IFPS Nationwide Survey

1992_2014_ifps_reportsThe National Family Preservation (NFPN) has conducted nationwide surveys of Intensive Family Preservation Services (IFPS) in 1994, 2007, 2011, and now 2014. This year marks the fortieth anniversary of IFPS (Homebuilders® model) so NFPN is publishing a special survey edition. Here are the highlights:

In the first nationwide survey of IFPS in 1994 a half-dozen states reported they had implemented the Homebuilders® model of IFPS on a statewide basis (75% or more of counties). Kentucky, Missouri, New Jersey, and Michigan have continuously provided IFPS while Tennessee and Louisiana discontinued IFPS for a period of time. Twenty years later 12 states responding to the survey have a statewide model of IFPS based on the Homebuilders® model.

  • The 12 exemplary states report that they serve 11,364 families annually.
  • Seven of the 12 exemplary states require 30 or more hours of initial training on IFPS while eight states require ongoing training.

What others have said about the Homebuilders® model of IFPS:

“Many people who argue for the removal of children see the damage which has been done by abusive or neglectful parents. I can understand that. However, they are not around to see the long-term damage to children that can result from acting hastily or unnecessarily to remove them from their families. They also do not see the enormous successes that have resulted from our family preservation efforts, even sometimes with families once thought to be beyond hope. We hear from many families (96 percent in the latest study) that family preservation is exactly what they needed to help them deal with their problems-and they would recommend it for other families.”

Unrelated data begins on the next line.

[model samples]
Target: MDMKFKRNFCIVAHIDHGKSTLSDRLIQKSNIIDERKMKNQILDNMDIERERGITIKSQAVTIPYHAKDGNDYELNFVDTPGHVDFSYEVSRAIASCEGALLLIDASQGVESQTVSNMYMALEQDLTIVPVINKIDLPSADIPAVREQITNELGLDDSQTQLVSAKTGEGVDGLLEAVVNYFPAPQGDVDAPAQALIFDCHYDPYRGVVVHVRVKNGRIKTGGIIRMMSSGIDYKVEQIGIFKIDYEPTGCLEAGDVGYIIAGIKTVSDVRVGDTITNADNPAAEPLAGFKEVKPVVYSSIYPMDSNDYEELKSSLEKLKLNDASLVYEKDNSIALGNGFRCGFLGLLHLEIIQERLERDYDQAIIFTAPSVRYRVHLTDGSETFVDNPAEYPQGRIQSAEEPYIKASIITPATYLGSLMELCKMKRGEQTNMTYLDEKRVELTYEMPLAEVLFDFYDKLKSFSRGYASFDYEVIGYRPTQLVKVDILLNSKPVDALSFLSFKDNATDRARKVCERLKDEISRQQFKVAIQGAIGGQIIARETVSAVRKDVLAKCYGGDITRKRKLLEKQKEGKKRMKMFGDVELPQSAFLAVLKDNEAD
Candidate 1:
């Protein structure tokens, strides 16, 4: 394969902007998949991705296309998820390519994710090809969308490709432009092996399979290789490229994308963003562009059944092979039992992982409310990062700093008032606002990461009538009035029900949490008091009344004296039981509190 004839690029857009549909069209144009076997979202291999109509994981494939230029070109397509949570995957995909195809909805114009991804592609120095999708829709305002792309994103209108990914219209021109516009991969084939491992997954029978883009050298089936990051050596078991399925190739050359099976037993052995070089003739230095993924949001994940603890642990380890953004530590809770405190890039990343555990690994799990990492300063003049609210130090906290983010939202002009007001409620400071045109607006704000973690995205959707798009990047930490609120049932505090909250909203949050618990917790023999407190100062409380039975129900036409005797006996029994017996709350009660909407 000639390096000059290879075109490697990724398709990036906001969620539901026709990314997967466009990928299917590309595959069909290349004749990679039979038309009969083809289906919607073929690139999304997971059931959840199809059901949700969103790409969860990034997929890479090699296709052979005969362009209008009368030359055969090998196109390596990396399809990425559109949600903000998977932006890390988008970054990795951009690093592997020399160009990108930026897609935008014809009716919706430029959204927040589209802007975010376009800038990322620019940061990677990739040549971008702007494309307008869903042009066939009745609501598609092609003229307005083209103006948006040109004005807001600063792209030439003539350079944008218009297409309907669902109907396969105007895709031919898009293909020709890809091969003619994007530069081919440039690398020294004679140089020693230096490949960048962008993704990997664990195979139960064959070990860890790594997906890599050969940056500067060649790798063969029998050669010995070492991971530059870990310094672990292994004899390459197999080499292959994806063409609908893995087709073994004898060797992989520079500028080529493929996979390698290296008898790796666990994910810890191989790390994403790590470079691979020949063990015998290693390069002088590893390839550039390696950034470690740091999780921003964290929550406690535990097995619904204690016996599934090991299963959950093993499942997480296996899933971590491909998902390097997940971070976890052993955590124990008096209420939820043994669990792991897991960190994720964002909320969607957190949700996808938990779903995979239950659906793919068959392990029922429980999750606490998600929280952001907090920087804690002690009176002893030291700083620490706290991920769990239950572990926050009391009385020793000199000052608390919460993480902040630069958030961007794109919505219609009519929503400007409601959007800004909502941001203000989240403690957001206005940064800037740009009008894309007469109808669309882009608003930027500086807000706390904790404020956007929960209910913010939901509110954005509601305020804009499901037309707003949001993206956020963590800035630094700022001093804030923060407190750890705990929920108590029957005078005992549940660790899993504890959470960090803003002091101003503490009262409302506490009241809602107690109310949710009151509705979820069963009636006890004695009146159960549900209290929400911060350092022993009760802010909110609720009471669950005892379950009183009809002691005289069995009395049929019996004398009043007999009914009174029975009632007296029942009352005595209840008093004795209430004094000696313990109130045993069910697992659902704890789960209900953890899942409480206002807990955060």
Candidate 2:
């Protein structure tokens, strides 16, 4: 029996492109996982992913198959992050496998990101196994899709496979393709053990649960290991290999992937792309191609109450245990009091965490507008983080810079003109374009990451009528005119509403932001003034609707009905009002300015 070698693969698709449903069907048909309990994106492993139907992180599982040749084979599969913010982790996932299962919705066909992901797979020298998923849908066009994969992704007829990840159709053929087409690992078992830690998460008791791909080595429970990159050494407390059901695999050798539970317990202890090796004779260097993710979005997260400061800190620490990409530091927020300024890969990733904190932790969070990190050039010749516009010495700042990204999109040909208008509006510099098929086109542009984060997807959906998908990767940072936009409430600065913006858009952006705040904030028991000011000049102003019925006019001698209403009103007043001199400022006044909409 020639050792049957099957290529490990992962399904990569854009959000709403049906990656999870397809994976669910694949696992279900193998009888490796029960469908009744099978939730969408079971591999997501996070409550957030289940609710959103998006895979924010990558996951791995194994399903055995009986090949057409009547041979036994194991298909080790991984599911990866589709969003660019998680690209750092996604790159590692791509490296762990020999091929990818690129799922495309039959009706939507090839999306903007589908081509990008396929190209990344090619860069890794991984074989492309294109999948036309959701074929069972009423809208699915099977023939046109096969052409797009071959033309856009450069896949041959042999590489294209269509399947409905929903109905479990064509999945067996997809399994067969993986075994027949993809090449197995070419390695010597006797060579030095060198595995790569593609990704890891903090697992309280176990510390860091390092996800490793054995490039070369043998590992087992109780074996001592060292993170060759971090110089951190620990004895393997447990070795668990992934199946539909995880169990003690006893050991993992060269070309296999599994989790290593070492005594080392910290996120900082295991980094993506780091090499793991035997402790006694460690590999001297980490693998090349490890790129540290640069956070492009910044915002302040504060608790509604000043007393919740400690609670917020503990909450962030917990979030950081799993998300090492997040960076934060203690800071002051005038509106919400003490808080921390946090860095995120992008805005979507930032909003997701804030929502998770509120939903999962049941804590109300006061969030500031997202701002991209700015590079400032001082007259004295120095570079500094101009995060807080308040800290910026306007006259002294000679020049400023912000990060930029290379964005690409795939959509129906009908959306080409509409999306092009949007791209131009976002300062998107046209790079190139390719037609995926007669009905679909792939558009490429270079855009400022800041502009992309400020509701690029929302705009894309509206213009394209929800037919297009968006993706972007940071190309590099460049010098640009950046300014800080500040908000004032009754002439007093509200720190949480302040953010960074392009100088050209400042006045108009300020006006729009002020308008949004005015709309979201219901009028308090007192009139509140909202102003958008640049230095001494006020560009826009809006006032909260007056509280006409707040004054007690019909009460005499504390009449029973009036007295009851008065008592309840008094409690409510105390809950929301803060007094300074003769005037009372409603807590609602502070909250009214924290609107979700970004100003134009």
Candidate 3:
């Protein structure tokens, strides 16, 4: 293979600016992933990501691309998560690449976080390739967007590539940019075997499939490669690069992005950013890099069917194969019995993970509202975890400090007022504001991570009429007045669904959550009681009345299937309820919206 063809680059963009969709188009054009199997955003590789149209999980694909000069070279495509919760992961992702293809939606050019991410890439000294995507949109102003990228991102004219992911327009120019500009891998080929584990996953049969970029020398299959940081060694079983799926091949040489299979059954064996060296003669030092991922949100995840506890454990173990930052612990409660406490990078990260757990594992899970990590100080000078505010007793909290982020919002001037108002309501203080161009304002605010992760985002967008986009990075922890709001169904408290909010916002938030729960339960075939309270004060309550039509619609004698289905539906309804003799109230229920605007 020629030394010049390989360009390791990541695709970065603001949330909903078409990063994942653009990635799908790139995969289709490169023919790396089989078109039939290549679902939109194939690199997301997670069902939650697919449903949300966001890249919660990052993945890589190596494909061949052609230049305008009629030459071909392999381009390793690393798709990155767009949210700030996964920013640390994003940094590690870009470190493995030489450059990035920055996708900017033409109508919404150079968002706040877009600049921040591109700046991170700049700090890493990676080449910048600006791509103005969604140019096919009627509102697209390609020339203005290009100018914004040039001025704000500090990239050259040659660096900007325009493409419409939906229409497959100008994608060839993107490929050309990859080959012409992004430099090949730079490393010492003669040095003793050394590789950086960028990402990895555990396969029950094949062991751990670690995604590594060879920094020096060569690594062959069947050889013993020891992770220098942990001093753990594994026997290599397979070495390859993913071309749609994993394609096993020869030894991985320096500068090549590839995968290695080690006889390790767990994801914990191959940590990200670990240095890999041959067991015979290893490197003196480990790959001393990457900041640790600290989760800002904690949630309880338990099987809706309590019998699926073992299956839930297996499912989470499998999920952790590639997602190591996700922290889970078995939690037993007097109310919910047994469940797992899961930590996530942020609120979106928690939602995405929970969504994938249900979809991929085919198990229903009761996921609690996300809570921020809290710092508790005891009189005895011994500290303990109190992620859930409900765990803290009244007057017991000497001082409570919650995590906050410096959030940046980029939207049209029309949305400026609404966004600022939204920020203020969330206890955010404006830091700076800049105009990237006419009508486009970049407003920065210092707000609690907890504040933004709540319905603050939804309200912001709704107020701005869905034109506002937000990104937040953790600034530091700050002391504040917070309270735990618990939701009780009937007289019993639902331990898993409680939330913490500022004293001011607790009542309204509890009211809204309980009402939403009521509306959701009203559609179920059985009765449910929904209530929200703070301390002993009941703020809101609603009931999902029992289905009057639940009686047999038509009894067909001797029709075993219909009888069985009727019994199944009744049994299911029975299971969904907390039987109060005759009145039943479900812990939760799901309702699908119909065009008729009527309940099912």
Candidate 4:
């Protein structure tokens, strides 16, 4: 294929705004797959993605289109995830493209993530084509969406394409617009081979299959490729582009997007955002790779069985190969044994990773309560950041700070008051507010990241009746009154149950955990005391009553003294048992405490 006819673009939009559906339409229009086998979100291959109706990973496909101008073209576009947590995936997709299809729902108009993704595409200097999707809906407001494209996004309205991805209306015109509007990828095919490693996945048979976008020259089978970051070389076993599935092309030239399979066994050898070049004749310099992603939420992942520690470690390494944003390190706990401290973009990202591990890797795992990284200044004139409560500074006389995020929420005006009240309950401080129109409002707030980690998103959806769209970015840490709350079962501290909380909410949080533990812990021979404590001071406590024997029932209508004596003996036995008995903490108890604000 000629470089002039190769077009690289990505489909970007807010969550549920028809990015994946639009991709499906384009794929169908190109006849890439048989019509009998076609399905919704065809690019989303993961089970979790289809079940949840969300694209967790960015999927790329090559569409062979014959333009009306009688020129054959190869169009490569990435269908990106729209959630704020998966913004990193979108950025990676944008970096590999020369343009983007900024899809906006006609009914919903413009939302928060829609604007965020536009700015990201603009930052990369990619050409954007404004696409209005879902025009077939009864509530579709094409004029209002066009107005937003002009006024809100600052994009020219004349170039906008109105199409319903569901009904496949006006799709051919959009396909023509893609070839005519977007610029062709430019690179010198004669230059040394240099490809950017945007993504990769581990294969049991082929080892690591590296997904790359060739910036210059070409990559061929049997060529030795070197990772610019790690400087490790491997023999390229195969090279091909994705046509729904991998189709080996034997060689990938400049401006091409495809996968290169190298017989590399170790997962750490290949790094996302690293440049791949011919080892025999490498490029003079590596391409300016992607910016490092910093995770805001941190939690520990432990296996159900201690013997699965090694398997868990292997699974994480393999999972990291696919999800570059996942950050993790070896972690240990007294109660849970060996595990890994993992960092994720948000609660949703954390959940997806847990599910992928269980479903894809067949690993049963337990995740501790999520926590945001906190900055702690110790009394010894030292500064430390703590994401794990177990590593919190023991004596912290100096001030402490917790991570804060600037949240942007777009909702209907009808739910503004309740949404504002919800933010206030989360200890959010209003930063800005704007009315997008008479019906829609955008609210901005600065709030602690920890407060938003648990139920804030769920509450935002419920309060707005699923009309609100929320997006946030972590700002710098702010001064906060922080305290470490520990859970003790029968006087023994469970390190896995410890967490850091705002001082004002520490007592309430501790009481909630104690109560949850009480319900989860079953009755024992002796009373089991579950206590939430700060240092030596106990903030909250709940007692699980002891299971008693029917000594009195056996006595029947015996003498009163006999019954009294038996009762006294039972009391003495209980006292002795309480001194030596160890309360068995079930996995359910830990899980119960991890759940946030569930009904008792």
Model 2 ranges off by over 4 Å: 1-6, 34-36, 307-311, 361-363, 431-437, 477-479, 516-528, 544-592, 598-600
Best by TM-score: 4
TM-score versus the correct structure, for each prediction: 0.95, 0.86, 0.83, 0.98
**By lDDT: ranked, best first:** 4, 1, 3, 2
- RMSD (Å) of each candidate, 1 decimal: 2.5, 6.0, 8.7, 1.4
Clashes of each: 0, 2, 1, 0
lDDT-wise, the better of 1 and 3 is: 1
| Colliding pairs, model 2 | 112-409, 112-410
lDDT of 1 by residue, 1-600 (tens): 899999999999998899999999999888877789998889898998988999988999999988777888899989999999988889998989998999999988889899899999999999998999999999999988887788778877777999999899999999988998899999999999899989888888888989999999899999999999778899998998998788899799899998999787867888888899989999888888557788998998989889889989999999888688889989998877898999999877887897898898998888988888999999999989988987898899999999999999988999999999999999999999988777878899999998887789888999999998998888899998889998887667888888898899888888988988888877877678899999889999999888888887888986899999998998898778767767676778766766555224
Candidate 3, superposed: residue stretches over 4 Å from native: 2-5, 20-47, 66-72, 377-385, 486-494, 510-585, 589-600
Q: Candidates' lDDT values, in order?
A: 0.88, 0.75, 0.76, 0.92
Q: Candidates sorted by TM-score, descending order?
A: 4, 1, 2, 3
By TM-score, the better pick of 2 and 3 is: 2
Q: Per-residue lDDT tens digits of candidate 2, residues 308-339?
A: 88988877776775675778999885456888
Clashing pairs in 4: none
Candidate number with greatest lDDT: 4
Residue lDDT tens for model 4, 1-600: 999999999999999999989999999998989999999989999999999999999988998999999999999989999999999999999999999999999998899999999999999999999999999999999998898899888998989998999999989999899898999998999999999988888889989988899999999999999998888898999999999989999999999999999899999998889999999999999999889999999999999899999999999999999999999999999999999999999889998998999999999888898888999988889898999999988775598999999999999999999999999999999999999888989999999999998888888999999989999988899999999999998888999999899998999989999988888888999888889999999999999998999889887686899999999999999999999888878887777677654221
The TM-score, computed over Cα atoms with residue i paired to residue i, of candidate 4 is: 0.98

— Gerald Miller, Director, Michigan Department of Social Services, Detroit News, August 27, 1993.


“It is a timeless model that encourages and supports the fundamental belief that all children need and deserve a family.”

— Douglas Nelson, Retired President and CEO of the Annie E. Casey Foundation).


“Family preservation services appeal to our better side. With their constant commitment to the strengths, not weaknesses, of families in trouble, they are proving that most families can learn to stay together, that people can change.”

— Bill Moyers, Families First, PBS documentary

Here’s a glimpse at the future of IFPS:

NFPN and the Institute for Family Development (IFD) are jointly developing an IFPS Repository. The website will serve as the electronic library for irreplaceable memorabilia and documents from the past, current documents that are critical to retaining and expanding the knowledge base of IFPS, and room for growth to add more documents in the future.

And, here’s the last word in honor of the 40th anniversary of IFPS:

The Homebuilders® model of IFPS services is the most important development in the history of services to families.

Demonstrating that the most challenging families can safely remain together, offering these families unlimited access to intensive services, treating them as partners, and anticipating that they can and will change in a brief period of time is an audacious undertaking.

And one that has withstood the test of time.

To view the complete IFPS Survey Report, visit:


Posted by Priscilla Martens, Executive Director
National Family Preservation Network